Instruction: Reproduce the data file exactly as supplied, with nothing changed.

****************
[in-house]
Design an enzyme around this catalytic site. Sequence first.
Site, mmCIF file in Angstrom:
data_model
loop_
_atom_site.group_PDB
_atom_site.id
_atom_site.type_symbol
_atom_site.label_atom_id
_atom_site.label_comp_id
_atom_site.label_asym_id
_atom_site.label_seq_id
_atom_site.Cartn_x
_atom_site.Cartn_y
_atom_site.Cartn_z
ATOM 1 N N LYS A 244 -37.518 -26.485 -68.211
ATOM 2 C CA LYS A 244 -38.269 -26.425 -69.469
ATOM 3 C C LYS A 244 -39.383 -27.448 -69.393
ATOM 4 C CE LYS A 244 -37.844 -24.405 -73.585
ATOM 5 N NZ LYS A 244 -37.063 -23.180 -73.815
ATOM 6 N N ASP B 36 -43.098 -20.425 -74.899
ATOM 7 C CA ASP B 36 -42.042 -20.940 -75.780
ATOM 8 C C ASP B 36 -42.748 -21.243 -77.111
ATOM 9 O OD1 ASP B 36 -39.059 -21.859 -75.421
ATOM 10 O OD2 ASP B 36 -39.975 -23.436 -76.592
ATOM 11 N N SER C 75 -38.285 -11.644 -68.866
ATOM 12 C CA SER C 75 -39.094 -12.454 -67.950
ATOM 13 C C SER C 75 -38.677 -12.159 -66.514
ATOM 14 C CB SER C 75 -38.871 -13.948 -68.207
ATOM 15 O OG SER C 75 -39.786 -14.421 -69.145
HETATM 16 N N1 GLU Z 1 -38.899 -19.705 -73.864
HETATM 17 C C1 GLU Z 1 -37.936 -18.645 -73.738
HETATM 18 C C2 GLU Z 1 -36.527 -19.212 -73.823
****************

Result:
[in-house]
Design an enzyme around this catalytic site. Sequence first.
Site, mmCIF file in Angstrom:
data_model
loop_
_atom_site.group_PDB
_atom_site.id
_atom_site.type_symbol
_atom_site.label_atom_id
_atom_site.label_comp_id
_atom_site.label_asym_id
_atom_site.label_seq_id
_atom_site.Cartn_x
_atom_site.Cartn_y
_atom_site.Cartn_z
ATOM 1 N N LYS A 244 -37.518 -26.485 -68.211
ATOM 2 C CA LYS A 244 -38.269 -26.425 -69.469
ATOM 3 C C LYS A 244 -39.383 -27.448 -69.393
ATOM 4 C CE LYS A 244 -37.844 -24.405 -73.585
ATOM 5 N NZ LYS A 244 -37.063 -23.180 -73.815
ATOM 6 N N ASP B 36 -43.098 -20.425 -74.899
ATOM 7 C CA ASP B 36 -42.042 -20.940 -75.780
ATOM 8 C C ASP B 36 -42.748 -21.243 -77.111
ATOM 9 O OD1 ASP B 36 -39.059 -21.859 -75.421
ATOM 10 O OD2 ASP B 36 -39.975 -23.436 -76.592
ATOM 11 N N SER C 75 -38.285 -11.644 -68.866
ATOM 12 C CA SER C 75 -39.094 -12.454 -67.950
ATOM 13 C C SER C 75 -38.677 -12.159 -66.514
ATOM 14 C CB SER C 75 -38.871 -13.948 -68.207
ATOM 15 O OG SER C 75 -39.786 -14.421 -69.145
HETATM 16 N N1 GLU Z 1 -38.899 -19.705 -73.864
HETATM 17 C C1 GLU Z 1 -37.936 -18.645 -73.738
HETATM 18 C C2 GLU Z 1 -36.527 -19.212 -73.823